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If you want to be extraordinary…

If you want to become whole,

let yourself become partial.

If you want to become straight,

let yourself become crooked.

If you want to become full,

let yourself be empty.

— Lao Tzu, Tao De Ching, from Chapter 22 *

…If you want to be extraordinary, let yourself be ordinary.

With apologies to Lao Tzu, this extension seems fitting.  What is so interesting is the paradox in this, in all of the Tao de Ching. Doing by non-doing, leading by not leading.  How can this be?  I don’t pretend to have the answers. Wiser folks than I have grappled with an understanding of the words written (or not written, say some) in the 5th century B.C. by a sage (or a collection of wise men).  But what rings true here for me are two things:  the use of the word “let” and the embrace of opposites.

We are so much about doing, about controlling and making things turn out the way we plan.  This remains one of the key leadership competencies these days, being results-oriented, planful and an achiever.  All great qualities, and…does it leave room for the times when, as a leader, we actually need to let things unfold, to let others find the way, to find the flow in things?  This is the most subtle way of leadership, and not often recognized or encouraged. And yet, some of our better leaders do this, naturally, whether it’s “Level 5” leaders, or everyday ones we know who are grounded, intuitive, and aware of forces larger than themselves at work.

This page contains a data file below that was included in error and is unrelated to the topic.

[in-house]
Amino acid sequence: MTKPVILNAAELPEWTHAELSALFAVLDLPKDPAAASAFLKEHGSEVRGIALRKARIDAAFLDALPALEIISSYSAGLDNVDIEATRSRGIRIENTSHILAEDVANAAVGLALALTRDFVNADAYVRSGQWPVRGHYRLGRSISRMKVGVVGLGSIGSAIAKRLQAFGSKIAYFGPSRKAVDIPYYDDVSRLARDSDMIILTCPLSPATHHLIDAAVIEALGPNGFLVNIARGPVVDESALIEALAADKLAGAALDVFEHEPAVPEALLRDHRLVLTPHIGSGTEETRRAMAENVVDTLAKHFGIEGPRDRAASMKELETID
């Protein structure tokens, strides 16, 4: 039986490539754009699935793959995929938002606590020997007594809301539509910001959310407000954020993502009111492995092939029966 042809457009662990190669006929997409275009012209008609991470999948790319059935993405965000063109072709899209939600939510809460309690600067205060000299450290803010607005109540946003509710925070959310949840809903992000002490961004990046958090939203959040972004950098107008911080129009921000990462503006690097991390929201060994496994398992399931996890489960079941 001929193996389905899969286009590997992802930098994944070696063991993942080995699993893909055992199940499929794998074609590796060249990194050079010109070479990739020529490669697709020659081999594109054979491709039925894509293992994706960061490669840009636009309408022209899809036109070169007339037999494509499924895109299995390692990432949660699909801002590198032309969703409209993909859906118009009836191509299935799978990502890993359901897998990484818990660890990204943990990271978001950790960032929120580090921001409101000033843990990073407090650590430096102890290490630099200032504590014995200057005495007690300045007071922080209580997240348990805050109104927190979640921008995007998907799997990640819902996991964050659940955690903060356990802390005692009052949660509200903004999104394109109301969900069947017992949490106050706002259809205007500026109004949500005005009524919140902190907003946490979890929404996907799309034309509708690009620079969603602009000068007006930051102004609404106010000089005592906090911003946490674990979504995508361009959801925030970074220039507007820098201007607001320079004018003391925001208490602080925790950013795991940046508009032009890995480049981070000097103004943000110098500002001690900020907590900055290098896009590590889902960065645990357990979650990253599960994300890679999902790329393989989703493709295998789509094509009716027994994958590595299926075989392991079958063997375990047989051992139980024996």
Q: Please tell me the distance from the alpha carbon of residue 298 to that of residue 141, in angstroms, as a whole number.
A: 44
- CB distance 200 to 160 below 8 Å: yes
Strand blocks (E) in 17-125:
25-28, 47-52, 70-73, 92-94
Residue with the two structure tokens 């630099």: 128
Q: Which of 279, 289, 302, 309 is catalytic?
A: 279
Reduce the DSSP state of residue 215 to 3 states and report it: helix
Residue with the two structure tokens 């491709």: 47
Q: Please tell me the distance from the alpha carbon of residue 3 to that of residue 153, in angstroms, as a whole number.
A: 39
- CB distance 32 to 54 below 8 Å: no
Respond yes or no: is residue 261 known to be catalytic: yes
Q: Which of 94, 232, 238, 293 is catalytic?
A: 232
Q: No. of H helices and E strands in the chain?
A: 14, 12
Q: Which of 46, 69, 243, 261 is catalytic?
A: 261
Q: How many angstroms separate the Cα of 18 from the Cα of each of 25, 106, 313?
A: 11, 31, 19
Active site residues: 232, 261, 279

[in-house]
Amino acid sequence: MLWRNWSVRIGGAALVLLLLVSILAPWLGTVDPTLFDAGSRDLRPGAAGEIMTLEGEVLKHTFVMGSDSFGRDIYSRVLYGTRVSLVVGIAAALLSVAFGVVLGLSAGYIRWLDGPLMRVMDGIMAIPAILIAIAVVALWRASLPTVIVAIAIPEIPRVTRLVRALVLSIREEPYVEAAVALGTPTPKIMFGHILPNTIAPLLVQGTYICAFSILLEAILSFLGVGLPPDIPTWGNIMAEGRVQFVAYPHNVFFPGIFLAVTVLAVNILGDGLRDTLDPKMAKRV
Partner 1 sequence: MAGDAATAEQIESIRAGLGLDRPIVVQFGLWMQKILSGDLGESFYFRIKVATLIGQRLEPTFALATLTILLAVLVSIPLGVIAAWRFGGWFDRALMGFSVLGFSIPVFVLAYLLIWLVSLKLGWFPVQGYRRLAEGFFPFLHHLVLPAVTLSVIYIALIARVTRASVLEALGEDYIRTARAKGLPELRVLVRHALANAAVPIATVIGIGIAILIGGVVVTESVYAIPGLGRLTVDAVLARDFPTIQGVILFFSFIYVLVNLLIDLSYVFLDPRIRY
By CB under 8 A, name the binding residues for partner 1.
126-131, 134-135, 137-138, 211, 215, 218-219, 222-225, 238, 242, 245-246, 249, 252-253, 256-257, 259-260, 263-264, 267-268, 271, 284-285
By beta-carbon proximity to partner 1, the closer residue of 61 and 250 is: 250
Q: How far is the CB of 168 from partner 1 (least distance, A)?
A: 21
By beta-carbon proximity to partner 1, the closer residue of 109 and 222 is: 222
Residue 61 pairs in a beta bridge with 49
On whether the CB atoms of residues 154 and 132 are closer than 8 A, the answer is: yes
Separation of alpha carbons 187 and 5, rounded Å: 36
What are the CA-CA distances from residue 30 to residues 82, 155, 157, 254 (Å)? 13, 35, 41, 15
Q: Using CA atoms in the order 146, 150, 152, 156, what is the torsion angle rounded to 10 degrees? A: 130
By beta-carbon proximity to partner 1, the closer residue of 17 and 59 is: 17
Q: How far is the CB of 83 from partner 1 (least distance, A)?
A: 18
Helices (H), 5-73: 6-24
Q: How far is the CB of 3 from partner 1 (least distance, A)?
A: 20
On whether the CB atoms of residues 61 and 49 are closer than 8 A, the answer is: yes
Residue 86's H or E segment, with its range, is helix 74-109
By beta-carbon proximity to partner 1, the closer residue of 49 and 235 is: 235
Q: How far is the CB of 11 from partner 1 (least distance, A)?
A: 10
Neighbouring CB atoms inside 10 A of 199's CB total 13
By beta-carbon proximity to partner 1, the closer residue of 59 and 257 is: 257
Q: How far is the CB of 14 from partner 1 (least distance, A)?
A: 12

The embrace of opposites is fascinating. Again, this flies in the face of the “model leader” and all the things we should be.  It’s through our own humanity and imperfection that we can taste what the truth is, and what we might be.  For my part, I am learning to be content with being ordinary — without even the ulterior motive to be extraordinary.  It’s not easy, but it’s simpler.  It’s richer. It keeps me in this moment more often, not in the clouds of aspiration.  It keeps me humble.

Wisdom Gathering:  Look at one of your key goals, and restate it in these terms:  To become ….. let myself become… For example, to become an inspirational leader, let myself be an uninspired leader.  See what happens.

* Source:  Stephen Mitchell’s translation, in Real Power, by James Autry & Stephen Mitchell

(originally posted at